<div class="editor-label">
                    <label for="body_tbState" id="body_lbState">State</label>
                </div>
                <div class="editor-field">
                    <input name="ctl00$body$tbState" type="text" value="NJ" id="body_tbState" />
                </div>
            |68|hiddenField|__VIEWSTATE|/wEPDwUKLTE0ODYwOTIxMWRkXgPL66ERIqtx3gVubvTQQrkVqfAVcjgDjOwCDEs4Z8k=|136|hiddenField| __EVENTVALIDATION|/wEWCwKC9ZT3DAKp742yBwLVs6yZCQK59tu9AgL/1ZrTAgLIuYntCwKZ9eKsCgKqxfb2DALOw+yZAwKu2fbCAQL/lNACjqb cQj2LhjBHPYGxcc/Oy+TYZxbWVj4w/u27ZVUFn84=|51|asyncPostBackControlIDs||ctl00$body$lbUpdateCityState,body_lbUpdateCityState|0|postBackControlIDs|||52|updatePanelIDs ||fctl00$body$upUpdateCityState,body_upUpdateCityState|0|childUpdatePanelIDs|||51|panelsToRefreshIDs ||ctl00$body$upUpdateCityState,body_upUpdateCityState|2|asyncPostBackTimeout||90|11|formAction ||UpdatePanel|4|pageTitle||Test|

As a side note: There is also a hidden issue to the Update Panel, the page must go through the entire page life cycle.  Meaning every event in the page is fired including all of the rendering and child creation events, even if the control is not updated.

Important Controls:

<asp:UpdatePanel ID="upUpdateCityState" runat="server" UpdateMode="Conditional" ChildrenAsTriggers="false">
    <Triggers>
        <asp:AsyncPostBackTrigger ControlID="lbUpdateCityState" EventName="Click"/>
    </Triggers>
    <ContentTemplate>
        <div class="editor-label">
            <asp:Label ID="lbCity" runat="server" Text="City" AssociatedControlID="tbCity"></asp:Label>
        </div>
        <div class="editor-field">
            <asp:TextBox ID="tbCity" runat="server"></asp:TextBox>
        </div>
        <div class="editor-label">
            <asp:Label ID="lbState" runat="server" Text="State" AssociatedControlID="tbState"></asp:Label>
        </div>
        <div class="editor-field">
            <asp:TextBox ID="tbState" runat="server"></asp:TextBox>
        </div>
    </ContentTemplate>
</asp:UpdatePanel>
<div class="editor-label">
    <asp:Label ID="lbZip" runat="server" Text="Zip" AssociatedControlID="tbZip"></asp:Label>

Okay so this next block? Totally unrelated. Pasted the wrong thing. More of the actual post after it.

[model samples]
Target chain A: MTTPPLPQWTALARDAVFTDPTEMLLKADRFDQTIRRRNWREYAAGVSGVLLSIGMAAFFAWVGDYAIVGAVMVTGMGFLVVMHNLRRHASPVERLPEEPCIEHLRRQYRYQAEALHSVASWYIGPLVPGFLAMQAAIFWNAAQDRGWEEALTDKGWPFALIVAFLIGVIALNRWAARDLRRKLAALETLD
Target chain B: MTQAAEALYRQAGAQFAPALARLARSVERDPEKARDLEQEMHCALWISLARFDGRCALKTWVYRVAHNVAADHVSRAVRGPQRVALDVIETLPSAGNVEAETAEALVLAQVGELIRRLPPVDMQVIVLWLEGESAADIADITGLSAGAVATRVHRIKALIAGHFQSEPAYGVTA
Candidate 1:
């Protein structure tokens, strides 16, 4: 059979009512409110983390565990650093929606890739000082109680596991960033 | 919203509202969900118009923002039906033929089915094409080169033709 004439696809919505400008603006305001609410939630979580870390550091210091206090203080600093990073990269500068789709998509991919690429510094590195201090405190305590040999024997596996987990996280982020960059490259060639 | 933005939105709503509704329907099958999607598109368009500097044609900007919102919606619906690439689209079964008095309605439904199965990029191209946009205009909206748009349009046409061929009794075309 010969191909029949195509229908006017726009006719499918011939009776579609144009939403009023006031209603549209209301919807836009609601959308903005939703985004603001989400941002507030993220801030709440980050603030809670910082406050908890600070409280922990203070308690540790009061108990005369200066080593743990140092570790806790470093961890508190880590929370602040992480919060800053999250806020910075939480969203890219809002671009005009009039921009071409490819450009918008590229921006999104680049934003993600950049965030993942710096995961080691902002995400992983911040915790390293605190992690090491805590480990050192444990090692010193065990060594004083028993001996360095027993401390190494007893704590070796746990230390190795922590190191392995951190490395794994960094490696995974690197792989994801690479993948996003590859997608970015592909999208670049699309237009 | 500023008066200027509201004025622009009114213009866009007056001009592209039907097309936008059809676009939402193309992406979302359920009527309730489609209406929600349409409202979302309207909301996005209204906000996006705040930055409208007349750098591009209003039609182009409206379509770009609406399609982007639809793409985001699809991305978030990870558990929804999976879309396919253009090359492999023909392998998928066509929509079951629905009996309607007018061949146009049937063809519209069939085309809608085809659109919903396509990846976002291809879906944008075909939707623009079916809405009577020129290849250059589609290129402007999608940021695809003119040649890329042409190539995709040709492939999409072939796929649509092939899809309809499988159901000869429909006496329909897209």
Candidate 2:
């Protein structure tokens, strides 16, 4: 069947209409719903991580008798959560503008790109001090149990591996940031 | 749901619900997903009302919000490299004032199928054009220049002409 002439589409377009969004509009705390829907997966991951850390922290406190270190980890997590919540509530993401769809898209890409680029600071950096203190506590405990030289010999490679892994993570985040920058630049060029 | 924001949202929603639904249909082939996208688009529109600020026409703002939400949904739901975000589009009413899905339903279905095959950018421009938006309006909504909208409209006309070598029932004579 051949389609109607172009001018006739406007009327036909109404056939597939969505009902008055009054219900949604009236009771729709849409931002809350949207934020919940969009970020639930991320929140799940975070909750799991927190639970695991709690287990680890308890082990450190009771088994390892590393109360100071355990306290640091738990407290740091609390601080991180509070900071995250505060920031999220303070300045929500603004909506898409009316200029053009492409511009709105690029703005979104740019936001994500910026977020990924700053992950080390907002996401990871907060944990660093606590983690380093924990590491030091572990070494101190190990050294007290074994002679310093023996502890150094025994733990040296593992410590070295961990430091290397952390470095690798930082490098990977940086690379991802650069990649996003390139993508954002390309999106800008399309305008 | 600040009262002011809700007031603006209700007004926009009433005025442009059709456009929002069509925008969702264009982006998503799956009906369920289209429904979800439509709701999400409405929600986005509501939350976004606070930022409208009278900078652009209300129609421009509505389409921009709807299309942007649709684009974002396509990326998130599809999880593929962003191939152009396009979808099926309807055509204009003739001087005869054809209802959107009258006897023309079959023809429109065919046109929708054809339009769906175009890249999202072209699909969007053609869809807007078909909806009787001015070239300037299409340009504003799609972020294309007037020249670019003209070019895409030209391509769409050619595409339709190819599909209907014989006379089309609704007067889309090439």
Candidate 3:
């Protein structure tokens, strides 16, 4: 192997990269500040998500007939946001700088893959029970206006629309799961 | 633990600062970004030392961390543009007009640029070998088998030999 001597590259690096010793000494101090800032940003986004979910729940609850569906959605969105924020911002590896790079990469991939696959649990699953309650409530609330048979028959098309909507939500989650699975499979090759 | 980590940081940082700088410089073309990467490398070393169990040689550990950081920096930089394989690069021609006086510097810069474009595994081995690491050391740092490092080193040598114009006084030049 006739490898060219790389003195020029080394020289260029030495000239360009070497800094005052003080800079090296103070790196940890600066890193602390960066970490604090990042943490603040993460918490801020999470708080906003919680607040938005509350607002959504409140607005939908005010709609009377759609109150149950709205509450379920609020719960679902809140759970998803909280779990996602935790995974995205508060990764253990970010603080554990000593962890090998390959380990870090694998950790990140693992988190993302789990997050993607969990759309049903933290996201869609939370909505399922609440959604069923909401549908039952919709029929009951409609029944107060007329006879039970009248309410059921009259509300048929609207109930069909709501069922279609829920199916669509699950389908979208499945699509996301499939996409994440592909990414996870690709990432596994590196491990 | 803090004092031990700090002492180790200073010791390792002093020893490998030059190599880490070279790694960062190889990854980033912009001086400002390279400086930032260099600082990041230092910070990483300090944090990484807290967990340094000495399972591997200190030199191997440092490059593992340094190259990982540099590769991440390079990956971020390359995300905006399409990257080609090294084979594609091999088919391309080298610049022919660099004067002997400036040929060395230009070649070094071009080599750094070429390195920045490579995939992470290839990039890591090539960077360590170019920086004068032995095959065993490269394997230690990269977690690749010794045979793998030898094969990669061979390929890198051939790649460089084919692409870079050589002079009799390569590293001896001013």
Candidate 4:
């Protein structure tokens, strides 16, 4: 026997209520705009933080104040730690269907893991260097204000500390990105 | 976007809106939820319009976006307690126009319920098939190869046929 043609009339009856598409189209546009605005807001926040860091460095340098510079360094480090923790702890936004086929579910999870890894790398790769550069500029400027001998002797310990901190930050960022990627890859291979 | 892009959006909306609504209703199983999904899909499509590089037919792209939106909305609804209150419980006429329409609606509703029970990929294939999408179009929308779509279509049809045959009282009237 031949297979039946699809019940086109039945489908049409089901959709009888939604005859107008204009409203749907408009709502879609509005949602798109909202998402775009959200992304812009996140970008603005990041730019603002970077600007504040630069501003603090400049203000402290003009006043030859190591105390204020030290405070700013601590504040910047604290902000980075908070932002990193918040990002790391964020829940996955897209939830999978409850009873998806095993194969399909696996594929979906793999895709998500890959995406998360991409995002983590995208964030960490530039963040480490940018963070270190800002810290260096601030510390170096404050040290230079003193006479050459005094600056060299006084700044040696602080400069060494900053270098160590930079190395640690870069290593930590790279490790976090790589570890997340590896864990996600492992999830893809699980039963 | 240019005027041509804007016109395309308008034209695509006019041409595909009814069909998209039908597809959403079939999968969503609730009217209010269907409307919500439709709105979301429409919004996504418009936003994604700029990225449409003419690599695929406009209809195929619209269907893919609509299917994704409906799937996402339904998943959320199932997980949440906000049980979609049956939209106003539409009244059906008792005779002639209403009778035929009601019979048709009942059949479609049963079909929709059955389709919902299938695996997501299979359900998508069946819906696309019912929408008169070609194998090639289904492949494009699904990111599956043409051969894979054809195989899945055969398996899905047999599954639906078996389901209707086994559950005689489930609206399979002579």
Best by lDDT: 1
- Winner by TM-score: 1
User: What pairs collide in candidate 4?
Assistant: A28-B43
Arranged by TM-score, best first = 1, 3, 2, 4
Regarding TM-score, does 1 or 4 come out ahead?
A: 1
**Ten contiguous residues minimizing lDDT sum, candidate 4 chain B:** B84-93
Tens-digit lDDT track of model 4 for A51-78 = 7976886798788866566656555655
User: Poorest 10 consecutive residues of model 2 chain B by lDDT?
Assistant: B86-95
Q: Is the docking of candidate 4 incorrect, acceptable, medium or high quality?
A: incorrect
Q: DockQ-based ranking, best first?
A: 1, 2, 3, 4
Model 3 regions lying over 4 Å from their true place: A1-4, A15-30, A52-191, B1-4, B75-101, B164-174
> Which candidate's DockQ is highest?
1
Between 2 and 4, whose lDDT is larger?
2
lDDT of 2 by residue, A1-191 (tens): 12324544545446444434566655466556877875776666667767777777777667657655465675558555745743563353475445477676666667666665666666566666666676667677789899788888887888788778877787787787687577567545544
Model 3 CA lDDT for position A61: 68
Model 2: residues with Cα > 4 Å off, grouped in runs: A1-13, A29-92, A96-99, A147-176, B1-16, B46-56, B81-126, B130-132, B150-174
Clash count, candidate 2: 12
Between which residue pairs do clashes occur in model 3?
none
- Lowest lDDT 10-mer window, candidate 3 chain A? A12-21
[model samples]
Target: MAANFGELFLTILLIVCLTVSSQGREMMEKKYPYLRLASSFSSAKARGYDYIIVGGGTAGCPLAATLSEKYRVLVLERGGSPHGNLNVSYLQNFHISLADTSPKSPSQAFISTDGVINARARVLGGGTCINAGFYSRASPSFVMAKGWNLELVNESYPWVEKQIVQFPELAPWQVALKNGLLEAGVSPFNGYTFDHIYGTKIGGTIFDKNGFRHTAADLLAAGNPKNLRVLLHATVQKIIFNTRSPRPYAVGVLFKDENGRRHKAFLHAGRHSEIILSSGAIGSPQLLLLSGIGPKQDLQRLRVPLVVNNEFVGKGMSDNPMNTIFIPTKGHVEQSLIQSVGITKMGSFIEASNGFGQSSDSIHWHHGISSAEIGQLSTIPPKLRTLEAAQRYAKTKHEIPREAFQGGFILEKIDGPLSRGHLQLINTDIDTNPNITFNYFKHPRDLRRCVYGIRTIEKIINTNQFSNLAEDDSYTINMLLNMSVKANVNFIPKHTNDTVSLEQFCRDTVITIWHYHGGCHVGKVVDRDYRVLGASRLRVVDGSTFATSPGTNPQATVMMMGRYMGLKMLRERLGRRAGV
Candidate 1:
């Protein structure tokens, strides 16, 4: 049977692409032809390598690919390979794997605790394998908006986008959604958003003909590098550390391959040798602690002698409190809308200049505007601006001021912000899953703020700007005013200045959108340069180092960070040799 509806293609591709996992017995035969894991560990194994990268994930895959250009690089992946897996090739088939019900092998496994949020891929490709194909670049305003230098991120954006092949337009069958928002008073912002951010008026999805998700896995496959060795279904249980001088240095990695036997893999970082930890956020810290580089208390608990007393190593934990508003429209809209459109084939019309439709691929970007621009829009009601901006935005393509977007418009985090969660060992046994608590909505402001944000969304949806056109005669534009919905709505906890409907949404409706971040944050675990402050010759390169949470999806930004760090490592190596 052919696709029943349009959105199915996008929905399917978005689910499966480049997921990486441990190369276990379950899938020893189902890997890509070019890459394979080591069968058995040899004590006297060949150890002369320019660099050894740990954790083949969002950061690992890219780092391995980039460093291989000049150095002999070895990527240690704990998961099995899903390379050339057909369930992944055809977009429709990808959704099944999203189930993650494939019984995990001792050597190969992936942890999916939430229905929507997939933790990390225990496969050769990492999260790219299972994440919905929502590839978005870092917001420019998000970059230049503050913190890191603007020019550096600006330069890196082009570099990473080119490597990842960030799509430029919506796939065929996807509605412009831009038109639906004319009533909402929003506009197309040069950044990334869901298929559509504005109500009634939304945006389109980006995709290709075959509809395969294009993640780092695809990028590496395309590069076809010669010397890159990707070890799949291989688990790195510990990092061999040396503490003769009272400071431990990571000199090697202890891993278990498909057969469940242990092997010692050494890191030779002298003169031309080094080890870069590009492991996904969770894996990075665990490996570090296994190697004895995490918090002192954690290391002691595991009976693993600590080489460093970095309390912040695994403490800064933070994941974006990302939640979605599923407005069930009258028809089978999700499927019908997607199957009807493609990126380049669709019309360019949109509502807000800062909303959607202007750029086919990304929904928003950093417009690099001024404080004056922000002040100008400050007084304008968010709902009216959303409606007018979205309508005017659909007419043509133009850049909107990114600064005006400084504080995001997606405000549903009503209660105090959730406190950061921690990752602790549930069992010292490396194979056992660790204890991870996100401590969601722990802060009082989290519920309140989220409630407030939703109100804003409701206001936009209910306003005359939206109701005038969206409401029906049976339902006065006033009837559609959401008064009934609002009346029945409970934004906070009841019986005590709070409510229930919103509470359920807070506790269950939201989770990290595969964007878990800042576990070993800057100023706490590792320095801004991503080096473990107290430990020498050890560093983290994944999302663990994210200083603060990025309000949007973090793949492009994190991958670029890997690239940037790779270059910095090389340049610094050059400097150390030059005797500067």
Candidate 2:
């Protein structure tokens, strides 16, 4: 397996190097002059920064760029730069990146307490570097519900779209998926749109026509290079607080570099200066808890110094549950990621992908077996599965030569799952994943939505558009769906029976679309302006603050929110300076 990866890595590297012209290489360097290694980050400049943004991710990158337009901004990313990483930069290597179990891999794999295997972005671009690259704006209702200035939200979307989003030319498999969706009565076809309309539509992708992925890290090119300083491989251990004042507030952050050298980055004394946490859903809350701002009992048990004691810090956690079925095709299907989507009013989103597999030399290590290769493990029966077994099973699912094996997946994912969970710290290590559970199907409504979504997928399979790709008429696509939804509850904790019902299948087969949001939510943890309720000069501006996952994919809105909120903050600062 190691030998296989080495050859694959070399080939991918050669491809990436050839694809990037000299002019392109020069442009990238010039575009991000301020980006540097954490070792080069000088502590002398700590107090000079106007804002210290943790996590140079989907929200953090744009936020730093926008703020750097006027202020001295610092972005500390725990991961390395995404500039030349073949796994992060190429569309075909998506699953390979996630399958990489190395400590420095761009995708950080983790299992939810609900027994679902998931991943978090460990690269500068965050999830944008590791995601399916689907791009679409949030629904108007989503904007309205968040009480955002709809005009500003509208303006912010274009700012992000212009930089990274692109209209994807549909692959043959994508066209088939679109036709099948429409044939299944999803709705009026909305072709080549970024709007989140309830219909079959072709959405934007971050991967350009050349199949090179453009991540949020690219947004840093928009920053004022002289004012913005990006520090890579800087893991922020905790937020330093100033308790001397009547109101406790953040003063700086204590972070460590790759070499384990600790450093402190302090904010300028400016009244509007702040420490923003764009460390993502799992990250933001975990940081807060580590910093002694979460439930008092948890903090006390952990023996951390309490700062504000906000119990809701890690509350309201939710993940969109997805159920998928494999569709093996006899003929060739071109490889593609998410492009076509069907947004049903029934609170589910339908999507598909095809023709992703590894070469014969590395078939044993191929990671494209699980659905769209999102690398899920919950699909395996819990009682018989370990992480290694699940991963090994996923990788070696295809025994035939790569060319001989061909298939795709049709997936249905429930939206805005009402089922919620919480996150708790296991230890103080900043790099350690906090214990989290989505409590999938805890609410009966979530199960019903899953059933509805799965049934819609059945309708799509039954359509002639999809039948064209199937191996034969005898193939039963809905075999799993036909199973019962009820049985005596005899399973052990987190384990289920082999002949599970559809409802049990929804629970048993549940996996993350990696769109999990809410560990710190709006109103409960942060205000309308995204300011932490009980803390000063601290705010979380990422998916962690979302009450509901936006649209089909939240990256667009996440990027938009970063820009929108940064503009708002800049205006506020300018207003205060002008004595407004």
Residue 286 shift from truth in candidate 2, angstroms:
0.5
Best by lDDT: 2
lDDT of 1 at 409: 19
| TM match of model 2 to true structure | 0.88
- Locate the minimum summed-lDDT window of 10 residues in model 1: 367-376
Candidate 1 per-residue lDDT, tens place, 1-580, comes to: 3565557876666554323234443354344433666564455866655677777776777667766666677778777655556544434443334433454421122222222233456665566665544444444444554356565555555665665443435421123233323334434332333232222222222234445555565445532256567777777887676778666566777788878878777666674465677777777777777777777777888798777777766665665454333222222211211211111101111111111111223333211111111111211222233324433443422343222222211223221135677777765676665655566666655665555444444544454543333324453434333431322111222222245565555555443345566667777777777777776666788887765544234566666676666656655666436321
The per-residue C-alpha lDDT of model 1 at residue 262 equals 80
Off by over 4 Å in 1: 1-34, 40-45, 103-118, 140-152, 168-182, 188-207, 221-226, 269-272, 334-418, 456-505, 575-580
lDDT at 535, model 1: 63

</div>
<div class="editor-field">
    <asp:TextBox ID="tbZip" runat="server"></asp:TextBox>
    <asp:Button ID="lbUpdateCityState" runat="server" Text="Update City/State" onclick="lbUpdateCityState_Click"></asp:Button>
</div>

Code Behind (I added the debug writes to show the page is calling every event in the Update Panel call):

public partial class UpdatePanelTest : System.Web.UI.Page
{
    protected void Page_Init(object sender, EventArgs e)
    {
        System.Diagnostics.Debug.WriteLine("Page Init");
    }
    protected void Page_Load(object sender, EventArgs e)
    {
        System.Diagnostics.Debug.WriteLine("Page Load");
    }
    protected void Page_PreRender(object sender, EventArgs e)
    {
        System.Diagnostics.Debug.WriteLine("Page PreRender");
    }
    protected void Page_Unload(object sender, EventArgs e)
    {
        System.Diagnostics.Debug.WriteLine("Page Unload");
    }

    protected void lbUpdateCityState_Click(object sender, EventArgs e)
    {
        string zip = tbZip.Text;
        ZipCode zipCodeData = zip.GetCityAndState();
        tbCity.Text = zipCodeData.City;
        tbState.Text = zipCodeData.State;
    }
}

While this example is fairly simplistic it illustrates a very important point, the update panel adds a tremendous amount of overhead for a minor saving on code.  Is it more maintainable?  Slightly; as new developers only need to know ASP.NET and not javascript (IMO not an options for web developers today).

So let’s look at the numbers:

 

Pure Ajax Json

WCF ASP.NET

Page Method ASP.NET

Update Panel

Request Length

15

15

15

638

Response Length

52

100

99

1307

Lines of Script

18

12

12

0

Lines of Markup

21

18

18

25

Lines of Code (just the update method)

5

10

5

7


I did not add execution times because as can vary, but the raw numbers speak for themselves.  There is very little value add in using the Update panel over standard AJAX calls.  I would go as far as saying there is no room for them in any web application/site in which load based performance is any kind of consideration.

UpdatePanelComparisons.zip (2.49 mb)

Tags:

AJAX | ASP.NET | jquery | JSON | MVC3